# Mathematical Operations¶

Julia provides a complete collection of basic arithmetic and bitwise operators across all of its numeric primitive types, as well as providing portable, efficient implementations of a comprehensive collection of standard mathematical functions.

## Arithmetic and Bitwise Operators¶

The following arithmetic operators are supported on all primitive numeric types:

• +x — unary plus is the identity operation.
• -x — unary minus maps values to their additive inverses.
• x + y — binary plus performs addition.
• x - y — binary minus performs subtraction.
• x * y — times performs multiplication.
• x / y — divide performs division.

The following bitwise operators are supported on all primitive integer types:

• ~x — bitwise not.
• x & y — bitwise and.
• x | y — bitwise or.
• x $y — bitwise xor. • x >>> ylogical shift right. • x >> yarithmetic shift right. • x << y — logical/arithmetic shift left. Here are some simple examples using arithmetic operators: julia> 1 + 2 + 3 6 julia> 1 - 2 -1 julia> 3*2/12 0.5  (By convention, we tend to space less tightly binding operators less tightly, but there are no syntactic constraints.) Julia’s promotion system makes arithmetic operations on mixtures of argument types “just work” naturally and automatically. See Conversion and Promotion for details of the promotion system. Here are some examples with bitwise operators: julia> ~123 -124 julia> 123 & 234 106 julia> 123 | 234 251 julia> 123$ 234
145

julia> ~uint32(123)
0xffffff84

julia> ~uint8(123)
0x84


Every binary arithmetic and bitwise operator also has an updating version that assigns the result of the operation back into its left operand. For example, the updating form of + is the += operator. Writing x += 3 is equivalent to writing x = x + 3:

julia> x = 1
1

julia> x += 3
4

julia> x
4


The updating versions of all the binary arithmetic and bitwise operators are:

+=  -=  *=  /=  &=  |=  \$=  >>>=  >>=  <<=


## Numeric Comparisons¶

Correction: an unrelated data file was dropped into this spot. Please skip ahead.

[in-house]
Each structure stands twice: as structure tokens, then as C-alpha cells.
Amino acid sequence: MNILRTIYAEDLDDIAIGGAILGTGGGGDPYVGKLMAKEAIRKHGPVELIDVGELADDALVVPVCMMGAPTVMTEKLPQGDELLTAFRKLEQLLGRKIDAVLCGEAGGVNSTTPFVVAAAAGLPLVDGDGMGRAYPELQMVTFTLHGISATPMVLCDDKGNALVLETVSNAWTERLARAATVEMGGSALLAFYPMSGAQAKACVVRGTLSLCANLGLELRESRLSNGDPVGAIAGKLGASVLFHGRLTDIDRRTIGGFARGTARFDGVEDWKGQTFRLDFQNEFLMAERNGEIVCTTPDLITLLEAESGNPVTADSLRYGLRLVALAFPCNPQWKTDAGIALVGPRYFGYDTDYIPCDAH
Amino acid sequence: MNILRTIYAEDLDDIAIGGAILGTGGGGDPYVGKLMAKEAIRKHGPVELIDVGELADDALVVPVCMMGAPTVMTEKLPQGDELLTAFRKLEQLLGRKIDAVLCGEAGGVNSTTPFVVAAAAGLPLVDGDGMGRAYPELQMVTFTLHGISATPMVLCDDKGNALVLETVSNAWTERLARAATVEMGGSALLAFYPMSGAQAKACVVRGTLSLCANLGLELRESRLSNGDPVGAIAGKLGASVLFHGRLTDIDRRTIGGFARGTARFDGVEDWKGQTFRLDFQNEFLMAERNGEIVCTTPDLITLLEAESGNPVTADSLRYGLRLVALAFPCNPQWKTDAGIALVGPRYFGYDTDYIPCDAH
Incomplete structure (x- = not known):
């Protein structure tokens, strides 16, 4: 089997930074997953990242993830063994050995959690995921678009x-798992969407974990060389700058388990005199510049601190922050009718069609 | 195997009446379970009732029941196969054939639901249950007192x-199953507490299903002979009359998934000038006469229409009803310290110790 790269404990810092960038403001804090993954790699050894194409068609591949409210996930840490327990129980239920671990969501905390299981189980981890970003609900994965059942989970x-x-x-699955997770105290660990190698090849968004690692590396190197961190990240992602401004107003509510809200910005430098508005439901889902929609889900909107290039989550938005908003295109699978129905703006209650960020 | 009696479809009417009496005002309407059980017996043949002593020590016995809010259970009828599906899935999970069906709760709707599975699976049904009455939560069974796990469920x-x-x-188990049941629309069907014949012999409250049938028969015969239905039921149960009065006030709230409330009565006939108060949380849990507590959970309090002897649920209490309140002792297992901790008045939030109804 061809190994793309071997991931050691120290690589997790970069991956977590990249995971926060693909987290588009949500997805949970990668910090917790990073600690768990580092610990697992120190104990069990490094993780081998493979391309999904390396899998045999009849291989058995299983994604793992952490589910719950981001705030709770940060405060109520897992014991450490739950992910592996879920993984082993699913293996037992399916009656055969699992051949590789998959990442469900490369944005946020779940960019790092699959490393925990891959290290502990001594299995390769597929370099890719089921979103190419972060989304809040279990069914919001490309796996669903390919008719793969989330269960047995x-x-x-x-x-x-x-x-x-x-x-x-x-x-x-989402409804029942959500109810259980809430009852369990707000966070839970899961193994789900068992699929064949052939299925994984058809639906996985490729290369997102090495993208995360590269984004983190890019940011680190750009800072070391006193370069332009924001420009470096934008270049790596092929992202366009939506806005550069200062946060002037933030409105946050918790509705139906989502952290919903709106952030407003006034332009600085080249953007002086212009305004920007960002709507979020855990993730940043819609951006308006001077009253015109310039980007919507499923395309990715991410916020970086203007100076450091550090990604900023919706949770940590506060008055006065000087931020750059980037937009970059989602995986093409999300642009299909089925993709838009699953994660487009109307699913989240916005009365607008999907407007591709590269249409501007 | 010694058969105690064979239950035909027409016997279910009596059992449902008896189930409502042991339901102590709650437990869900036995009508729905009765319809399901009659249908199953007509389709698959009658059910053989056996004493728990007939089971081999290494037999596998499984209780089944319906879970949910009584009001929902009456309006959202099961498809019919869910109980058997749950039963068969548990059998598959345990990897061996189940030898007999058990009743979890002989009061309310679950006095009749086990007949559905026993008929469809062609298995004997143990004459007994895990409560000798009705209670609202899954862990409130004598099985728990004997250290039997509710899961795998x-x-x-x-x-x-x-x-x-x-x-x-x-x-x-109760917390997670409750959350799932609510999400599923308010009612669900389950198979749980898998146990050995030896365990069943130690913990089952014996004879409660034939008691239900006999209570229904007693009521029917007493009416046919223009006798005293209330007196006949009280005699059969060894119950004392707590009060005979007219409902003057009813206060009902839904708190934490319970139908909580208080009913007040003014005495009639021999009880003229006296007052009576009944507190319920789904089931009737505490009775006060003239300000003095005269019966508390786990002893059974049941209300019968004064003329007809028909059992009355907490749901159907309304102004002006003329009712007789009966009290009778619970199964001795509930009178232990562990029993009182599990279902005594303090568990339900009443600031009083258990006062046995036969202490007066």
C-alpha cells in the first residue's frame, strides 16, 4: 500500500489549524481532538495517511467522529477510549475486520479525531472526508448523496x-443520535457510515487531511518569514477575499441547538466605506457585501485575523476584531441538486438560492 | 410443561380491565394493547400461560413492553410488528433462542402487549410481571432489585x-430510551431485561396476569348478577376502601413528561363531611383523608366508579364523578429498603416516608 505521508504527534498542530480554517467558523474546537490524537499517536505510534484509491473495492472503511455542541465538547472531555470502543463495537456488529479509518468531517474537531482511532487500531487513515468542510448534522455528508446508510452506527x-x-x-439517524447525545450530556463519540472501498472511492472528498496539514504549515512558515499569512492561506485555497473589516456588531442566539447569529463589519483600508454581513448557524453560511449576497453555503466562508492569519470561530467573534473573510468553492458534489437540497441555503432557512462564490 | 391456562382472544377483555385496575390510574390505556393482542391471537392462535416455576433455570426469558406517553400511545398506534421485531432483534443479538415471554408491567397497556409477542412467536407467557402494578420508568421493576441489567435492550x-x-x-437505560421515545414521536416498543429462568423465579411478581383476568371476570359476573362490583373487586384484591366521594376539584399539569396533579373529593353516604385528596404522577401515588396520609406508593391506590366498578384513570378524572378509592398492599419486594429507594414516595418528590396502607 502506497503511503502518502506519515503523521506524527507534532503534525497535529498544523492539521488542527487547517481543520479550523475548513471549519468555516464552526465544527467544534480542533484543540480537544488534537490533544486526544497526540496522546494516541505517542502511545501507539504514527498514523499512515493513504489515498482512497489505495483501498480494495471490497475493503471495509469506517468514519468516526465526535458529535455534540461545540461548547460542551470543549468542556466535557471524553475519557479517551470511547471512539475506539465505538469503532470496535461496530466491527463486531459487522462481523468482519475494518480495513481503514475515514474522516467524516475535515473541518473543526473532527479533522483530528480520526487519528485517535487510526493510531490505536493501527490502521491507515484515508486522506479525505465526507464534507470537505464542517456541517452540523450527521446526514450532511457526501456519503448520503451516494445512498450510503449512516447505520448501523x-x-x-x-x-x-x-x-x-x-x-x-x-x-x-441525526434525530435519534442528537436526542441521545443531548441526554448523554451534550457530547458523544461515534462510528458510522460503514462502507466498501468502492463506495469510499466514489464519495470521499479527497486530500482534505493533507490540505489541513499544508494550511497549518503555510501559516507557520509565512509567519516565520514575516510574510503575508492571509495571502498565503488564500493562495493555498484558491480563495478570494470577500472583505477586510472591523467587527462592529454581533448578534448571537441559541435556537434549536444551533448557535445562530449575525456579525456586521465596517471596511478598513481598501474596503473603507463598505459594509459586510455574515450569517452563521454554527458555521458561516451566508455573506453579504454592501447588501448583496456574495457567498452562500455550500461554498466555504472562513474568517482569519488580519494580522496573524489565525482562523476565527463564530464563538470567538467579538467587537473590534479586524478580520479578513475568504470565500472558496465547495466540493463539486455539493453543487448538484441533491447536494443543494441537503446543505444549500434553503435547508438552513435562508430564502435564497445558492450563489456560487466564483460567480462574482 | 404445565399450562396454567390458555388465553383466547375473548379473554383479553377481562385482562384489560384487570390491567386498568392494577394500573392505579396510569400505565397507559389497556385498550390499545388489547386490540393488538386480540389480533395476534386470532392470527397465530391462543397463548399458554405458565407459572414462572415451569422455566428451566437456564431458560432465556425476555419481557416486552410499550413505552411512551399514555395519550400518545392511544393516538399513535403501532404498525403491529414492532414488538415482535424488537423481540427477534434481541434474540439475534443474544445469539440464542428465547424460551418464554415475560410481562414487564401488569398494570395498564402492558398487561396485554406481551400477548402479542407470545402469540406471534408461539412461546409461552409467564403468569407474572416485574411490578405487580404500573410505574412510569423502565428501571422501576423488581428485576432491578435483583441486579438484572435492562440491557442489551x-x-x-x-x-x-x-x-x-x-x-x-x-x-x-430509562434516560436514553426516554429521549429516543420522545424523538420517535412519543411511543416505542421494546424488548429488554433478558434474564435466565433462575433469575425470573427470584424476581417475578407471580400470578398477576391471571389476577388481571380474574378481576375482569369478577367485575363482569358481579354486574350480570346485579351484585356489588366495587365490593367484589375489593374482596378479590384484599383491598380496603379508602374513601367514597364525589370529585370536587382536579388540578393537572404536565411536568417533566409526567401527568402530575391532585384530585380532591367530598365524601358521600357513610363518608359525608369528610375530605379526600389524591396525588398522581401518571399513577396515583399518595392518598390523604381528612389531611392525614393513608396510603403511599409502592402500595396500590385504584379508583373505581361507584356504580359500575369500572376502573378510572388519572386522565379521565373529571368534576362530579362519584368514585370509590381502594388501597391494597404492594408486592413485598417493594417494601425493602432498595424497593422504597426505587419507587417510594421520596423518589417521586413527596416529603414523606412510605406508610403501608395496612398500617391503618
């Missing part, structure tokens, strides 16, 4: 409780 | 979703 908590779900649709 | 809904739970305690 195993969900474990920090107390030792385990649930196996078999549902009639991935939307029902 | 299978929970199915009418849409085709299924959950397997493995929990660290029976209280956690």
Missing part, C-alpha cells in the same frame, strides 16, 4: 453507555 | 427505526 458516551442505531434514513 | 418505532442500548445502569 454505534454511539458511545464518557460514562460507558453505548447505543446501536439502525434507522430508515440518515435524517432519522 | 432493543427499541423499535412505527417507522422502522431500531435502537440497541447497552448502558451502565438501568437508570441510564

Standard comparison operations are defined for all the primitive numeric types:

• == — equality.
• != — inequality.
• < — less than.
• <= — less than or equal to.
• > — greater than.
• >= — greater than or equal to.

Here are some simple examples:

julia> 1 == 1
true

julia> 1 == 2
false

julia> 1 != 2
true

julia> 1 == 1.0
true

julia> 1 < 2
true

julia> 1.0 > 3
false

julia> 1 >= 1.0
true

julia> -1 <= 1
true

julia> -1 <= -1
true

julia> -1 <= -2
false

julia> 3 < -0.5
false


Integers are compared in the standard manner — by comparison of bits. Floating-point numbers are compared according to the IEEE 754 standard:

• finite numbers are ordered in the usual manner
• Inf is equal to itself and greater than everything else except NaN
• -Inf is equal to itself and less then everything else except NaN
• NaN is not equal to, less than, or greater than anything, including itself.

The last point is potentially suprprising and thus worth noting:

julia> NaN == NaN
false

julia> NaN != NaN
true

julia> NaN < NaN
false

julia> NaN > NaN
false


For situations where one wants to compare floating-point values so that NaN equals NaN, such as hash key comparisons, the function isequal is also provided, which considers NaNs to be equal to each other:

julia> isequal(NaN,NaN)
true


Mixed-type comparisons between signed integers, unsigned integers, and floats can be very tricky. A great deal of care has been taken to ensure that Julia does them correctly.

Unlike most languages, with the notable exception of Python, comparisons can be arbitrarily chained:

julia> 1 < 2 <= 2 < 3 == 3 > 2 >= 1 == 1 < 3 != 5
true


Chaining comparisons is often quite convenient in numerical code. Chained numeric comparisons use the & operator, which allows them to work on arrays. For example, 0 < A < 1 gives a boolean array whose entries are true where the corresponding elements of A are between 0 and 1.

Note the evaluation behavior of chained comparisons:

v(x) = (println(x); x)

julia> v(1) < v(2) <= v(3)